Margaret is an attractive woman, mid-thirtyish, possessed of all the happier contradictions of 21st-century noblesse. She’s elegant yet unpretentious; driven but in a laid-back sort of way. You would recognize her surname. Her husband, she says, laughing, “is one of those vilified bankers.” She is a career woman herself, expert in the field of marketing with a wealth of international experience, proficient in several languages, speaking mainly French to her young son. Her family’s apartment is in the East Eighties. It is large, immaculate, and well appointed. Margaret, barefoot, wiggles her toes as she sits beneath a Richard Serra. Works by other notable modernists hang elsewhere.
Margaret and her family moved here from Tribeca last fall. The place was just what they wanted—newly renovated and much closer to their 4-year-old son’s school. But within a few weeks, Margaret’s son (let’s call him James) woke up with welts on his chest. Margaret wasn’t alarmed; she figured it was a rash or virus, the kind of thing kids get every day. But when the welts lingered, then more showed up—on James’s back and arms and legs—Margaret took him to the pediatrician. The doctor initially regarded the marks as an atypical form of chicken pox. In the following weeks, however, after James’s welts became infected and began appearing in still more places, Margaret took him to a pediatric dermatologist. That doctor diagnosed the problem as mosquito bites, and recommended the family “bomb” the apartment. Not long after, Margaret and her husband began noticing that they, too, had bites. That’s when Margaret inspected her son’s bed. “I saw these minuscule black creatures,” she says. “I’m squeamish, but I reached out and squashed one. It was filled with my son’s blood. And they were all over. I turned the headboard around and saw all the eggs. At which point I screamed.” Margaret did some Internet research, then called an entomologist. When the bug expert conveyed his conclusion to Margaret, she was horrified, disgusted, and not a little concerned for her family. And although she is no snob, Margaret couldn’t repress an uncomfortable thought: that people who live in multimillion-dollar apartments in the tonier precincts of the Upper East Side are just not supposed to have bedbugs.
The recent citywide resurgence of bedbugs has been well documented. In 2004, the Health Department tallied 537 complaints and 82 actual violations. Last year, those numbers ballooned to 10,985 complaints and 4,084 violations (given that the problem is thought to be significantly underreported, the notion that there aren’t far more cases is daylight madness). What is less well known is that, contrary to the popular stereotype, bedbugs aren’t found only in lower-income neighborhoods. Margaret, in fact, is part of a mostly silent community of wealthy Upper East Siders suffering from the scourge. Like all bedbug victims, she and her neighbors are appalled and revolted. At the same time, they face issues that are, well, uniquely their own. Not that anyone ever brags about having bedbugs, but because of the creatures’ low-rent reputation, well-to-do bedbug sufferers tend to be especially reluctant to let on that they have a problem (hence Margaret’s unwillingness to reveal her real name; she doesn’t want to become known, in her phrase, as “Queen of the Bedbugs”). That wealthy bedbug victims tend to own their homes—expensive homes that might end up far less expensive were a bedbug infestation to become public knowledge—also promotes heightened discretion. Exterminators who service the neighborhood trawl around in unmarked vans and are sworn not to divulge their clients’ identities. Co-op boards and building superintendents engage in strict denials. High-priced specialists are enlisted to quietly rid Dior couture gowns, Porthault linens, and Aubusson silk rugs of their insect invaders. For those who appreciate irony, and perhaps a touch of Schadenfreude, there is this: Long-held ideas about bedbugs and poverty aside, wealthy people may in some ways be more prone to infestation. Bedbugs are equal-opportunity pests.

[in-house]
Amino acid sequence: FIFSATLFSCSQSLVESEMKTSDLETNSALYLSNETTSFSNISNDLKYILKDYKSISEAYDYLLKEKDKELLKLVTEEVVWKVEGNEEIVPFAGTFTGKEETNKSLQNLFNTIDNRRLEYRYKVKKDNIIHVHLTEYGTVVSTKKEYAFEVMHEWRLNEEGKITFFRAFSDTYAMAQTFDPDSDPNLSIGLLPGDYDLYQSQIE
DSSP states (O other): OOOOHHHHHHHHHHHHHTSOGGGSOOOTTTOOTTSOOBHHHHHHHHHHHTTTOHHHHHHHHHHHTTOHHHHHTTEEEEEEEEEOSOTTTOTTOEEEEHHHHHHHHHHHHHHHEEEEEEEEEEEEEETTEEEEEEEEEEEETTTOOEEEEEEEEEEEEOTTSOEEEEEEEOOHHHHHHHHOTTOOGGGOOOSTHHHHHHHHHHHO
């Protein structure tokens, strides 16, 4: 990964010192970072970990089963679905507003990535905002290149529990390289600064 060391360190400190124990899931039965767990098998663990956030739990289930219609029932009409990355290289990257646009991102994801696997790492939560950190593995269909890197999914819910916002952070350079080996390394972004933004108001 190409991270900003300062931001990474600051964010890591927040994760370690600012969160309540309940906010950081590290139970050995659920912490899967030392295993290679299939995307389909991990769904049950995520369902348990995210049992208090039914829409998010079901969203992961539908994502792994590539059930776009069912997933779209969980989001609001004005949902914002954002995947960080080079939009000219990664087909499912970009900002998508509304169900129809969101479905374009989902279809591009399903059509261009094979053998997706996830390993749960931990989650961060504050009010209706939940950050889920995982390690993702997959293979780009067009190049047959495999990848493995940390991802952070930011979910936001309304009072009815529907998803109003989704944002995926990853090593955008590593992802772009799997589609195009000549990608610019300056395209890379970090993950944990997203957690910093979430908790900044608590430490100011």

As Margaret tells her tale of woe, James is clambering around the apartment, making lots of kid-type noise. He has a friend from upstairs to help. The two have taken to banging a tray in the kitchen, and it sounds like they’re destroying the place, as a nanny looks on helplessly.
Identifying the problem was just the start of Margaret’s troubles. When she wasn’t crying or searching the apartment at 4 a.m. with a flashlight in hand, she was reading books about how to help get James to sleep. The boy, once a solid sleeper, now frequently came into his parents’ room, afraid of being bitten. “He’d want to sleep with us, but I’m pretty strict about that,” Margaret says, suddenly not smiling. “In hindsight I feel terrible. I was sending him back into the war zone, back into the room where he was being devoured. Even when we went to the country house, he was still having nightmares.” The bites were unsightly and itchy, and Margaret began to worry for her family’s health. Although bedbugs don’t spread serious diseases, she didn’t know that at the time.